Therefore, if you are considering hiring your staff back, do so before April 25th so they will have worked 14 consecutive days before May 9th cut-off.

b. Note, you do not have to have staff physically attend work. They can be on an unpaid leave and qualify for this. If they are not actively working the business owner is to qualify also to have the employer portion of CPP and EI refunded. Therefore, if they are actively working for you, they intend to have you still pay the employer portion of the CPP and EI.

c. Ask if they work anywhere else also as you will have to share the maximum $847 with the other business as one employee can not have more than $847 paid from CRA to employers.

d. The employee rehired will need to check into any overlap between CERB they have collected and restarting working for you and they may need to repay a portion.

e. You can not hire related people as employees that had not been on the payroll already.

i. The actual calculation is complicated, but the one common factor is you can not receive greater than $847 per week for each employee.  Factors that effect the calculation include:

  • Is the employee unrelated to you?

  • Have they been continually working throughout this, even if at a reduced rate?

  • Were they laid off more than 14 days and then hired back?

Staff you had before March 16, 2020 – their pre-COVID salary becomes a baseline. Calculate the lesser of:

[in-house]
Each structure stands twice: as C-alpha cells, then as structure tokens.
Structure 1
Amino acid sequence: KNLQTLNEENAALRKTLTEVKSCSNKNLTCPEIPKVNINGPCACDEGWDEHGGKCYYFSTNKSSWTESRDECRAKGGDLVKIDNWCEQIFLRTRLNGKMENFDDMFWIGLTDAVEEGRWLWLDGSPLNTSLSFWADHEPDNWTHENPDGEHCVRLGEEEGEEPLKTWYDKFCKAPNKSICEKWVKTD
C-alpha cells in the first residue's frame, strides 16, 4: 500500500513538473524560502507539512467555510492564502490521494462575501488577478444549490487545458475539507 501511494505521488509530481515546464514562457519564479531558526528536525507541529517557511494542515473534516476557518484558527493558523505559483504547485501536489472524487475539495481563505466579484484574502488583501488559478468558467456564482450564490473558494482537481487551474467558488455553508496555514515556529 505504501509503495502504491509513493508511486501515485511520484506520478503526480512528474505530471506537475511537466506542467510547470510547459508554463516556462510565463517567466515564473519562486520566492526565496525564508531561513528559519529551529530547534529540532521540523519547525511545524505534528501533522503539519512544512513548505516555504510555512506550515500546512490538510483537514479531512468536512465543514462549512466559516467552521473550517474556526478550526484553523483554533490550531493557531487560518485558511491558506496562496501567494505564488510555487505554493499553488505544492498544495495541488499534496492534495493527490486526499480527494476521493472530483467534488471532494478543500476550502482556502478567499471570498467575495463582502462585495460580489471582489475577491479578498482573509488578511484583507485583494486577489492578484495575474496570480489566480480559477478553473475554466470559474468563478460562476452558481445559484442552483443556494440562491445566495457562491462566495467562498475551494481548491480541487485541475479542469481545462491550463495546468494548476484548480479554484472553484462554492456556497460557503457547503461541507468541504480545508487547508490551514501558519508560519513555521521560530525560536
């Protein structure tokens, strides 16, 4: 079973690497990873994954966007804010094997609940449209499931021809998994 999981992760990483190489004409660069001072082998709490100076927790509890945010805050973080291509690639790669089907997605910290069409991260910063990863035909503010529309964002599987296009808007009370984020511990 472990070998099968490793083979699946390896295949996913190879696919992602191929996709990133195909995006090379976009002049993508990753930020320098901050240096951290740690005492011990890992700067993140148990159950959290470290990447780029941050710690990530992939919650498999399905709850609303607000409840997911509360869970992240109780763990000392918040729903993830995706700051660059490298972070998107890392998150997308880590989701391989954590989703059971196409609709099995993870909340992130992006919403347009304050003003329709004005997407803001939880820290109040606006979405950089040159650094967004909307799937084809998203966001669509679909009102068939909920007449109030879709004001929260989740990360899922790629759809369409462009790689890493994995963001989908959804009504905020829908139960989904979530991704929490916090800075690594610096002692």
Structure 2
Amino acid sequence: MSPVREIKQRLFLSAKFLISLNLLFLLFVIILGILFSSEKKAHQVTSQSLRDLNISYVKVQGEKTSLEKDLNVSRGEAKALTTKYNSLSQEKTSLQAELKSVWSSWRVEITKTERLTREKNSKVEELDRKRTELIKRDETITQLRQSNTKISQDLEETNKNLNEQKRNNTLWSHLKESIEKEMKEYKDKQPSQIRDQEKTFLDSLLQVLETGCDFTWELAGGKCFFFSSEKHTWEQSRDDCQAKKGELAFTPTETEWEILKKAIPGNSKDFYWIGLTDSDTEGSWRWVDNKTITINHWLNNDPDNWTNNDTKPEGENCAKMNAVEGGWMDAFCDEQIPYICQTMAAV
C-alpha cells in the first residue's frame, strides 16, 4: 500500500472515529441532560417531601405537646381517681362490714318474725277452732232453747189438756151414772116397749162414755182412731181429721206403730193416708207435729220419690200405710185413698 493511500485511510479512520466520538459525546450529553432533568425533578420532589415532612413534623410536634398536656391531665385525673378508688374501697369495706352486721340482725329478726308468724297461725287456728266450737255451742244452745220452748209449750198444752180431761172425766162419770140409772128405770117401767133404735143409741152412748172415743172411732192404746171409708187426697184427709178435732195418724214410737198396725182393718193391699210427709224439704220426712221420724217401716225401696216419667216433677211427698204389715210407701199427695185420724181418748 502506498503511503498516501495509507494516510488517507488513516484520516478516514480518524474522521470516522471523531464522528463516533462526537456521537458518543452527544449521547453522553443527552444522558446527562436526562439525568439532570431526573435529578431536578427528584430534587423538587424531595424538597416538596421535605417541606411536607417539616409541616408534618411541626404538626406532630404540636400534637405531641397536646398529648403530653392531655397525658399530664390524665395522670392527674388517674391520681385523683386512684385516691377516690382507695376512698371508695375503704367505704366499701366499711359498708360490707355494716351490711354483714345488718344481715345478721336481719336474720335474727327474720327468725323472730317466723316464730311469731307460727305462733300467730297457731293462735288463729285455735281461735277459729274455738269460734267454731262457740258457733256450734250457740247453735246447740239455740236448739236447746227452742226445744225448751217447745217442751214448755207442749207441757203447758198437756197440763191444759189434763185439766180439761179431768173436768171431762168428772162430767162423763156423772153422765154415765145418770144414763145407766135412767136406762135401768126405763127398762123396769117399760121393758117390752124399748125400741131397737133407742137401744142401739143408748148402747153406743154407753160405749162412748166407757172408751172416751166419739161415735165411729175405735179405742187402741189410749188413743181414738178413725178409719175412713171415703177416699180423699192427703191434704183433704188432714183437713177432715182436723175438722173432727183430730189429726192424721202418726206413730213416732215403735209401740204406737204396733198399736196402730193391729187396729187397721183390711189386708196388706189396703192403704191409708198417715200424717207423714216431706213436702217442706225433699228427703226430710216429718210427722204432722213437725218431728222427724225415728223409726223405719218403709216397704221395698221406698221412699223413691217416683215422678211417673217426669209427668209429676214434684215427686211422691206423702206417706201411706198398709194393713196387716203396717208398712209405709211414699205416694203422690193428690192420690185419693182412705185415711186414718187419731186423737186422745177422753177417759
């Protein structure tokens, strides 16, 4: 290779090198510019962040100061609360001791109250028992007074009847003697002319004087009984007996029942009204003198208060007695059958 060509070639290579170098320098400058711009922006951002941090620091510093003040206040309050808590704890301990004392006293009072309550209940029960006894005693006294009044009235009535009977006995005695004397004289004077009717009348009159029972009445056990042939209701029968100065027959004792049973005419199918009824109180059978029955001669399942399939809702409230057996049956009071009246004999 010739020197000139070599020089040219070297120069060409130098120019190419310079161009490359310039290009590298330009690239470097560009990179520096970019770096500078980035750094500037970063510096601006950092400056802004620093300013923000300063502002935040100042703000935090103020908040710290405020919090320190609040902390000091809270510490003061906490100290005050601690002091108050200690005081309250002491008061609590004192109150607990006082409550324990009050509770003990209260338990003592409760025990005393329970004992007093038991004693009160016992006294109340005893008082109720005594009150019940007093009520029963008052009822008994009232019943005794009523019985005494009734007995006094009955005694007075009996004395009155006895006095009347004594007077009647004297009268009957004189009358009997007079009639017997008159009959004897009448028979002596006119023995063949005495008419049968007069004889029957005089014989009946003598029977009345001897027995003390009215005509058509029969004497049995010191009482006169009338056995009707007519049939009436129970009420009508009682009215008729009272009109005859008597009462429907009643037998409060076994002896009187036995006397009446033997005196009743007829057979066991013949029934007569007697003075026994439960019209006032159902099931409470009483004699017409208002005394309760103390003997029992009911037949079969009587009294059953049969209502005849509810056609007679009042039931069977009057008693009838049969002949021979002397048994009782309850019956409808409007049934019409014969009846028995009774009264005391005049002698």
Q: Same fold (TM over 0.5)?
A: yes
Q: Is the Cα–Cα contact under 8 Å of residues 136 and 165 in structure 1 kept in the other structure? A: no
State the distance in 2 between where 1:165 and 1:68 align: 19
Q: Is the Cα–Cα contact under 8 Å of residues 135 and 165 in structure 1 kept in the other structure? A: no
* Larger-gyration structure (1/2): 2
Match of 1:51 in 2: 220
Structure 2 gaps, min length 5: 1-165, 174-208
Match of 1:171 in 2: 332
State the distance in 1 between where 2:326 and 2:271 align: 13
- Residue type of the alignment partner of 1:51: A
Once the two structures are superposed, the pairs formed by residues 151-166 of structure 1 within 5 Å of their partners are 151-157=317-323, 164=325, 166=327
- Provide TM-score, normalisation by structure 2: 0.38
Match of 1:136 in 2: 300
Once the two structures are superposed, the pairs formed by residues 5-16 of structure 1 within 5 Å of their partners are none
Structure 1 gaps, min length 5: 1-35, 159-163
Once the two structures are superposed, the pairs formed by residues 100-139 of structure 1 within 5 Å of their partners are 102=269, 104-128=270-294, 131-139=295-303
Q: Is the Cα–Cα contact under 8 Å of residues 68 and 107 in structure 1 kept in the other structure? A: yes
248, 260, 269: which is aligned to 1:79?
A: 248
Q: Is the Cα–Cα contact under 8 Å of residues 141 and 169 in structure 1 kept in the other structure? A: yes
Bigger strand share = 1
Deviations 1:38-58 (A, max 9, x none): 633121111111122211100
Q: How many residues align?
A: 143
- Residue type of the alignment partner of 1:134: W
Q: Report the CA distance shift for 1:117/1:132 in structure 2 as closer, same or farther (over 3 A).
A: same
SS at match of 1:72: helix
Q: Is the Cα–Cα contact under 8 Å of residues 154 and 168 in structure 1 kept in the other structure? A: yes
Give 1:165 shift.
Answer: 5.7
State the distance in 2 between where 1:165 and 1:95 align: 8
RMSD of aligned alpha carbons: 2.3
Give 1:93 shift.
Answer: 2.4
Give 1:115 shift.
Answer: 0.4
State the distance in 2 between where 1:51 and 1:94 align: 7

i. 100% of what you paid them in this pay period
ii. 75% of their baseline salary and
iii. $847

Staff you hired after March 16, 2020 – the CEWS is based on what you paid them;  they have no baseline to compare to for pre-COVID so it is just 75% of what you paid them up to $847 max per week

i. Their hiring salary is $1,200 – 75% is $900; so max for the subsidy for that employee is the $847
ii. Non-arm’s length – if they were not on the payroll anytime between January 1 and March 15 – it is too late. You can’t hire them after and get the subsidy like you can with arm’s length people

The calculation is the same as it is for arm’s length staff that you had pre-COVID discussed above; the baseline is to ensure you don’t give yourself a raise after March 16.

j. SEVERE penalties to watch out for; can be up to 225% and time in jail if an assertation a business owner makes under this is found to not be correct.  Another “penalty” may be when you apply you must accept that the government can use your name in any way they want associated with this program.  This could be that they can name and shame you after. Basically, if you are asking yourself “is there a way I can make myself fit into the program”,  I would advise you instead to check with your accountant to make sure you have done the calculations correctly or haven’t missed something in assessing your eligibility.  Do not let the penalty scare you so bad you do not apply.  Just do not try to “make it work”.

I have tried to cover some things to watch for and these will possibly change again before it is rolled out. If it seems complicated, yes, it is.  But let us help you. We can arrange a time to discuss on the phone closer to the roll out time of the program.



10% wage subsidy

This is available to some businesses who did not meet the criteria of the 75% wage subsidy
If you applied for this subsidy and find out later, you qualified for the 75% subsidy they will just deduct the 10% from what they pay you on the 75% subsidy.

So, do not be afraid to reduce your current deductions for the 10% now since the 75% is still a few weeks away. Visit the frequently asked questions page below related to the 10% wage subsidy.